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August 29, 2012, Wednesday

The only remedy: implementing radical reforms

History made a great gesture to the ruling Justice and Development Party (AK Party) by providing this party with a big conjecture-based support at home, in the region and across the globe between Nov. 2, 2002, when it came to power, and approximately late 2010. What were these factors that were favorable to the AK Party?

Internal: The public’s willingness for change. The emerging religious middle class starting to lend serious support to democracy. The Kurdistan Worker’s Party’s (PKK) war creating exasperation among Turks, Kurds and other citizens of Turkey. No one is now moved with empty heroic discourse.

The AK Party seems to have learned a lesson from the Feb. 28, 1997 postmodern coup’s targeting the religious people in particular. However, although it is the ruling party, the state apparatus is controlled almost completely by pro-tutelage people and Kemalists. A fierce war has been waged against this party. The Kemalist bureaucracy is doing everything to sabotage the government’s efforts. In particular, the judicial bureaucracy that is haunted by a small group of elites is involved.

On the other hand, the pro-junta groups inside the Turkish Armed Forces (TSK) are preparing to overthrow the government. The government is aware of many things. But we’ll have to wait for many years before the public learns of them and legal proceedings are launched in connection with them.

External: The government is propping up its democratically obtained legitimacy with outside support. The anti-democratic system can no longer be maintained in Turkey. Globalization and democracy are making big progress across the world. Accordingly, as a party acting as the driving force of democratization in Turkey, the AK Party can mobilize external support. In a smart move, the AK Party does not demonize the US or the EU; rather, it seeks to set sail to these worlds. It is exerting great efforts to promote the country’s EU bid. This attitude neutralizes the propaganda that suggests that the government has a secret agenda to turn the country into an Iran-like country. It adds to the party’s legitimacy.

The increasing anti-democratic interventions served to boost sympathy and support for the party both inside and outside. The party attached a vital importance to the reforms. Meanwhile, in 2007, the investigations into Ergenekon -- a clandestine organization nested within the state trying to overthrow or manipulate the democratically elected government -- started and at the same time, the AK Party made its first try for a new constitution. And in April 27 of the same year, the army issued a clear memorandum to prevent Abdullah Gül from being elected as president on charges that his wife wears a headscarf. For the first time in the history of the republic, a government did not backpedal, but issued a harsh response to the memorandum. Despite the Constitutional Court’s obstructive efforts, Gül was elected as president. This contention dramatically boosted the AK Party’s votes and support. In other words, like a litmus test, the party was becoming politically stronger so long as it throttled on for democratization.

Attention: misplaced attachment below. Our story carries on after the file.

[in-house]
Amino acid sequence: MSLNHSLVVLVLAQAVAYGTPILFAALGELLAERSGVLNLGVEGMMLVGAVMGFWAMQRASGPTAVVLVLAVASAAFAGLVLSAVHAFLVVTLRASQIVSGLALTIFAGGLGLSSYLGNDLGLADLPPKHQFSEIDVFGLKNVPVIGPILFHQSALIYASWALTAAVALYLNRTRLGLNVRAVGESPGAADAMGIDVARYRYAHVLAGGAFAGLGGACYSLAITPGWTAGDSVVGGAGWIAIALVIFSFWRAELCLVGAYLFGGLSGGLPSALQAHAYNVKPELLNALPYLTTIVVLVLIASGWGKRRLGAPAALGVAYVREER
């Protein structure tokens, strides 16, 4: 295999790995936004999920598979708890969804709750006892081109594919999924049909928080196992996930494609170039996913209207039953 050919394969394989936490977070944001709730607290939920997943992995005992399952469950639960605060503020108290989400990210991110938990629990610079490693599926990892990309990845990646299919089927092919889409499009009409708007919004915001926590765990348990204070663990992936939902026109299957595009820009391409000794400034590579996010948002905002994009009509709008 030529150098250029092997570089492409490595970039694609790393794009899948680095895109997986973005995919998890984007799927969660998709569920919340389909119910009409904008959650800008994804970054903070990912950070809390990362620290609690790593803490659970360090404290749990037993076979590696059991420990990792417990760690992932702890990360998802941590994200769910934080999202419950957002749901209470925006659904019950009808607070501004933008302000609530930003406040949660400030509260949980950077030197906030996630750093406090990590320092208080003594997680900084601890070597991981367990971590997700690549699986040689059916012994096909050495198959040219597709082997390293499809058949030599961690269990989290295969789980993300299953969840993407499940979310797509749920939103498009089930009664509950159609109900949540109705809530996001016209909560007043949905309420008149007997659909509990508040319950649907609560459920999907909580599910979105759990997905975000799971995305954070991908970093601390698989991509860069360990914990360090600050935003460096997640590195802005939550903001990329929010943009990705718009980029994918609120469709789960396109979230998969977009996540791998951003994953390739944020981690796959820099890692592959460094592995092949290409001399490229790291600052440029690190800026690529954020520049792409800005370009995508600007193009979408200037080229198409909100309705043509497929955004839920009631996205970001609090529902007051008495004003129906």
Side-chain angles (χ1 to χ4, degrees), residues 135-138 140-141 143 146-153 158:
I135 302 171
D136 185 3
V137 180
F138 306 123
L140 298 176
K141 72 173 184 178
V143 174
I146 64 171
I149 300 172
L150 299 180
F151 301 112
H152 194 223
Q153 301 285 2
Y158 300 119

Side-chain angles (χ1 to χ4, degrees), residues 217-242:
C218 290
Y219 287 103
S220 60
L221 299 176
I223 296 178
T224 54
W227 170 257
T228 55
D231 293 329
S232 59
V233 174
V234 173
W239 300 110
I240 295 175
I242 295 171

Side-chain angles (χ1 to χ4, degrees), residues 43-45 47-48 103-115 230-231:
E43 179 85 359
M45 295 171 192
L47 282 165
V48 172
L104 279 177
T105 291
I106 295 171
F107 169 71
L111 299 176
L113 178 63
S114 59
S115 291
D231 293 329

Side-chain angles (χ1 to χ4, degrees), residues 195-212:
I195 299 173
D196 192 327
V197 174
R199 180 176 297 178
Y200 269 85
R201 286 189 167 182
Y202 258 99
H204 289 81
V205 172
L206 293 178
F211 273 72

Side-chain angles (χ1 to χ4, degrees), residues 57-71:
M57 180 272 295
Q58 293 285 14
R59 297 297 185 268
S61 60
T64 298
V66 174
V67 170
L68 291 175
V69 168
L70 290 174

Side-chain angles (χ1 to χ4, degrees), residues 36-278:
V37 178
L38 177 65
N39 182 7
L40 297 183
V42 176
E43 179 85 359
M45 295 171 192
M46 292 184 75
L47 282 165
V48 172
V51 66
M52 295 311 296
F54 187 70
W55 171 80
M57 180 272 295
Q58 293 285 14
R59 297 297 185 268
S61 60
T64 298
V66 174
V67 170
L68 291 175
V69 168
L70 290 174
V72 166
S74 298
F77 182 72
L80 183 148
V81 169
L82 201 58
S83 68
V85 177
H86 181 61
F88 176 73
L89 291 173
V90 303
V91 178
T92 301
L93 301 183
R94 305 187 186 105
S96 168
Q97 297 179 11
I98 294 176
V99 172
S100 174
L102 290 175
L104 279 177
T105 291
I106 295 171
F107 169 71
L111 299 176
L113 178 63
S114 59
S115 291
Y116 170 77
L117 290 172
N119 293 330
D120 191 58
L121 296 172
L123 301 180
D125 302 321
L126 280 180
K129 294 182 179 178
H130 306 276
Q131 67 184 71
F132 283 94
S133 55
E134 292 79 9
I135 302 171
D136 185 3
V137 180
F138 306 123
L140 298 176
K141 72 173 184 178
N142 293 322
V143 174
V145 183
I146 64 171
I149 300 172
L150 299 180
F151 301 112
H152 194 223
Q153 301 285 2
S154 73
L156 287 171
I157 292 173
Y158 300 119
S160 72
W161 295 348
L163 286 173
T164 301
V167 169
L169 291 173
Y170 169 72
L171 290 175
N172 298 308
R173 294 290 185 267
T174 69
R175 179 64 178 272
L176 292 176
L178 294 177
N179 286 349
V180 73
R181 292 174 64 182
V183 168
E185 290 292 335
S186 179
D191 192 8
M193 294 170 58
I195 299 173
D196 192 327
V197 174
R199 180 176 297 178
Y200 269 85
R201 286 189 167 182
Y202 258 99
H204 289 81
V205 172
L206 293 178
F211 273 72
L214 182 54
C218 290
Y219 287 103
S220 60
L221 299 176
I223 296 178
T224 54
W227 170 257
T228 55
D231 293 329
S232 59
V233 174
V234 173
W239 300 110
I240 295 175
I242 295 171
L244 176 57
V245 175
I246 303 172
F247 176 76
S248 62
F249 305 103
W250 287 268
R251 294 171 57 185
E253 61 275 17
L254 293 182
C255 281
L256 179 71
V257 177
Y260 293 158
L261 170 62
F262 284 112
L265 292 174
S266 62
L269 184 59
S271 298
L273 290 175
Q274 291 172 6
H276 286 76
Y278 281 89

In the external world, the Bush era had ended and the Obama era had begun. It was a time slice when regional wars and instability were considered unfavorable. Globalization was progressing, creating a zone of stability that interconnected the whole world. That meant that the super powers that would lend support to coup perpetrators became history.

This was the AK Party’s most dynamic and most successful era. The Kurdish, Alevi and Armenian initiatives, launched in 2010, were the boldest moves in the history of the republic. Moreover, the success of these initiatives meant the end of the deep state that used to keep itself powerful with these disputes teeming with red lines. Simultaneously, the investigations and legal proceedings into coups and the deep state were underway. The AK Party’s velocity and the society’s support of this velocity were tremendous.

But for some reason, everything was radically reversed after the June 2011 elections. The PKK terminated the negotiations with its attack in Silvan on July 14 and restarted its war. The collapse of the Kurdish initiative was followed by the end of the Armenian and Alevi initiatives. The government’s open backing of coup investigations and trials gradually waned. The prime minister expressed his unhappiness about the probe into the Feb. 28 postmodern coup, which had targeted his own political school.

Yes, a favorable conjuncture has been wasted away unnecessarily. There are now more unfavorable circumstances both inside and outside. It is for this reason I am more optimistic. Why?

Because the only way out of a dangerous stalemate is to implement a radical, democratic move and the AK Party is a pragmatic party that makes such moves only when it is in tight corner. Moreover, if these moves are not made, I think we’ll have some serious problems.

I hope the government will not take this risk.

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